I was determined to learn the identity of my birth father. I’d started my search over 30 years ago. Finally, I received a breakthrough with a strong paternal DNA match. Chapter 16 in Young Love ~ An Adoptee’s Memoir, tells the story of the DNA match that changed everything.
“I have made a number of friends through ancestry.com. We try to help each other. One of my friends recommended that I have my DNA tested with 23andMe and Family Tree DNA. She said that I might find matches that didn’t test with AncestryDNA.
“…What a great suggestion! AncestryDNA testing has only been offered in Canada in the last couple of years, and I have more Canadians than Americans in my family tree. I thought about it for a few weeks because the tests are expensive. But eventually, I sent away for both kits, hopeful for new, close matches.
“23andMe showed a second-cousin match, my closest match yet! She and I emailed and shared great-grandparent names, but we have not found closer common ancestors—yet. Interestingly, she has ancestors on both sides of her family with the same last name, as do I—the same name! She is from Marathon, Ontario on Lake Superior—a beautiful area. She told me that the Group of Seven Canadian painters painted many of their scenes from Marathon. My parents and Joan’s family both had paintings by the Group of Seven in their homes.
“Before long, I got my results from Family Tree DNA (FTDNA). I was thrilled to see a high match at the top of the list—my first high match outside of my family. His name is Marc, and he lives in Ottawa, Ontario. He didn’t test with AncestryDNA. My ancestry friend was right! Indeed, I needed to dip my toe into each pond, as she suggested!
“I emailed Marc with the FTDNA match, but he did not reply to my email for a couple of weeks. Turns out, it was an old email address he rarely used anymore. He had his DNA tested six years ago and had given up checking it because he never had a close match.
“As I waited and prayed for a response from Marc, I posted a new question to the Facebook closed group, DNA Detectives. I gave the details about our shared DNA from FTDNA and asked how Marc and I were related. The consensus was first cousins on our fathers’ side. There was an outside possibility that we were half-siblings, but more likely, we were paternal first cousins. Very, very exciting!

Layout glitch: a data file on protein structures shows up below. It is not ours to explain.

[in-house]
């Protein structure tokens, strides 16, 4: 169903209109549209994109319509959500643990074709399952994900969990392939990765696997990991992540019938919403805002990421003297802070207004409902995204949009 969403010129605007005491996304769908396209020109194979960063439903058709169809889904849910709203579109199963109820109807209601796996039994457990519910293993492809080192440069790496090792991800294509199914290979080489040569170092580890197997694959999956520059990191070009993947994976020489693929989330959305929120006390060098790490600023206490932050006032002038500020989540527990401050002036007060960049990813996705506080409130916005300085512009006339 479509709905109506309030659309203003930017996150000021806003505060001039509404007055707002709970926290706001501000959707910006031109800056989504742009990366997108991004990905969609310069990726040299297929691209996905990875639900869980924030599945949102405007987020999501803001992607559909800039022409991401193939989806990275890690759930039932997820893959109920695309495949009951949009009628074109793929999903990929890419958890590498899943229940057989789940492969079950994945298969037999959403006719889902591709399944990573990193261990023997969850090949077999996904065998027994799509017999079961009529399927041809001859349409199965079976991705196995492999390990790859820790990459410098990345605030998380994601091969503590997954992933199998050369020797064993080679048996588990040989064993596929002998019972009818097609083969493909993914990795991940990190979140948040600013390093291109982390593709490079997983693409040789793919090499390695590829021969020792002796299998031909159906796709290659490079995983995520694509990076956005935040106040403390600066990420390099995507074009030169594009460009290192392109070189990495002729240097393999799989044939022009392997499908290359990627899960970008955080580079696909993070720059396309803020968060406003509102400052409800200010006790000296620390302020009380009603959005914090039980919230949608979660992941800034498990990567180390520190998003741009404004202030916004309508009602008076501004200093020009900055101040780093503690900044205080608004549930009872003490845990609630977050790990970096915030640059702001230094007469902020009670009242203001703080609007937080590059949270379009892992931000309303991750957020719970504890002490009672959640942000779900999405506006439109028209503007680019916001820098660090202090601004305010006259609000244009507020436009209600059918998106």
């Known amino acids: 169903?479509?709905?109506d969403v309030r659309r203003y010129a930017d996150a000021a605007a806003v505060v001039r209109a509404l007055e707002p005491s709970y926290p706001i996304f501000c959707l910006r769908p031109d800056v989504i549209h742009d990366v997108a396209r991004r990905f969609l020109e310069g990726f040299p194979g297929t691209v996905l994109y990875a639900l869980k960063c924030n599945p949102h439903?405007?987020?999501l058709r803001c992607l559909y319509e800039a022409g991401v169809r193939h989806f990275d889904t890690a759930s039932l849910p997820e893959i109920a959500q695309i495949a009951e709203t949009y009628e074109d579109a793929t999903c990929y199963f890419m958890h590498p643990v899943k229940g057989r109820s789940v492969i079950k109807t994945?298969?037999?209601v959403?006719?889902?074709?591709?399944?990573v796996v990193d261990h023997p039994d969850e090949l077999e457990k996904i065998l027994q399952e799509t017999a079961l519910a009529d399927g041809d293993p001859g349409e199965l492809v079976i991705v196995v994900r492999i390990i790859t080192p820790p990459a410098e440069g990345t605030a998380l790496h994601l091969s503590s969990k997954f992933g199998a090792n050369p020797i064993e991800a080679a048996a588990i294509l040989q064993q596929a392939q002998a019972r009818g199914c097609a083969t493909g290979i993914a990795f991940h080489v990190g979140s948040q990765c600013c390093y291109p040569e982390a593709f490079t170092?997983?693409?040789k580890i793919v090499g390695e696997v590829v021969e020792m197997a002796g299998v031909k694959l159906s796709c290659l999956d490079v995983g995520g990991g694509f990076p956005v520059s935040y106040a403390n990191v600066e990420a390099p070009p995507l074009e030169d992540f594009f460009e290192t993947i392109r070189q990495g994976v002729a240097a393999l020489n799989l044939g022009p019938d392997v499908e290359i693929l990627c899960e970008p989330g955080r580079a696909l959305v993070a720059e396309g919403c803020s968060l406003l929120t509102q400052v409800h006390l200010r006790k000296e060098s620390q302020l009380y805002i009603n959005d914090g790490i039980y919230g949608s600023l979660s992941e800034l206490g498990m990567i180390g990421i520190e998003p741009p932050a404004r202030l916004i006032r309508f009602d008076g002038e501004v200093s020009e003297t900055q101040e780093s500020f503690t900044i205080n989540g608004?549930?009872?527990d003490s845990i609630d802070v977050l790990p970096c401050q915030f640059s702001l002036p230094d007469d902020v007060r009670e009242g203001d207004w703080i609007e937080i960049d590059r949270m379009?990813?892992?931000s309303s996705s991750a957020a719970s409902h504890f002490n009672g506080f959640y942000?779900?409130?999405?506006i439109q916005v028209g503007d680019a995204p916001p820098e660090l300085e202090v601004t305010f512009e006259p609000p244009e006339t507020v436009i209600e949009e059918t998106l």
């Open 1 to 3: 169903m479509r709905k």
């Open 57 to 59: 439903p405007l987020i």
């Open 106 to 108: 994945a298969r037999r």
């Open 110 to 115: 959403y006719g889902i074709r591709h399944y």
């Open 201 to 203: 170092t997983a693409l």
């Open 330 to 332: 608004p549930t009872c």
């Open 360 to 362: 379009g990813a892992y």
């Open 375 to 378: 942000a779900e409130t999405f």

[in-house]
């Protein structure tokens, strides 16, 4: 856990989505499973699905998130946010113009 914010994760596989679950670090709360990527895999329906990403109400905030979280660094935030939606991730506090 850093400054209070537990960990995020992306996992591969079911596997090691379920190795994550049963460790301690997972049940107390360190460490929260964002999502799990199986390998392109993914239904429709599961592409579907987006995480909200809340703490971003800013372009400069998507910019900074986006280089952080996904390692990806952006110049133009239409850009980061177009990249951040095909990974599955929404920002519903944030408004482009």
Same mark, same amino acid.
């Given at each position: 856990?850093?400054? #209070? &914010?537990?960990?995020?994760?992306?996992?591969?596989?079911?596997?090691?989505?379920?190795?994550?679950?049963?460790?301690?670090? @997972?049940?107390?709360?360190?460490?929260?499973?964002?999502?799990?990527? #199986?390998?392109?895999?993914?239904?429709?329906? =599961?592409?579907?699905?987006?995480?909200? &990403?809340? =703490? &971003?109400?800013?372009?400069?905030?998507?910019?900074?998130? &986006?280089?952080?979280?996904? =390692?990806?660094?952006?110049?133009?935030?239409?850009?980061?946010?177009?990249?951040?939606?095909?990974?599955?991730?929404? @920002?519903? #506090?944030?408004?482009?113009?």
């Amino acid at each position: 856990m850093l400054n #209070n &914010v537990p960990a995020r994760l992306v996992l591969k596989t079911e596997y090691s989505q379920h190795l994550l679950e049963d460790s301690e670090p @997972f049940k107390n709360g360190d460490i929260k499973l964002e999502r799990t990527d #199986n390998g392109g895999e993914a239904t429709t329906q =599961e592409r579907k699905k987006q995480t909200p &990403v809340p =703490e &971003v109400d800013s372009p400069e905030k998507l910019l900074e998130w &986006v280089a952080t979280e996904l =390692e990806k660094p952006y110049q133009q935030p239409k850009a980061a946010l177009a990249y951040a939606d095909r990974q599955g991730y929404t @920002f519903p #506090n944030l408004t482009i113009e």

“Marc got back to me: “Hi Bonnie, WOW, if this is true that would be great! Please call me or I can call you. Thanks again.”
“Marc was adopted in Montreal and raised in Welland, Ontario in a French-speaking family. His English is very good. I was surprised to find out that French was his first language. I was so pleased that we could communicate easily. We talked and laughed for a long time. Marc and I share the belief that we have a right to our biological heritage! We don’t want to intrude on families we do not know or upset anyone. As Marc says, “…we’re looking for our roots and maybe to build a friendship.”
“In February 2017, after testing with AncestryDNA, Marc’s results showed up in my match list! There was his name, right below my daughter’s, first cousin! This was the additional proof we’d hoped for to truly believe we are first cousins. As fellow adoptees, we are in this search together, and close matches mean the world to us.”
To learn the whole story, visit: https://www.etsy.com/shop/MyAdopteeMemoir for autographed books, match-ing bookmarks, and FREE domestic shipping! Also available in the FriesenPress Bookstore, Amazon, and Barnes & Noble online.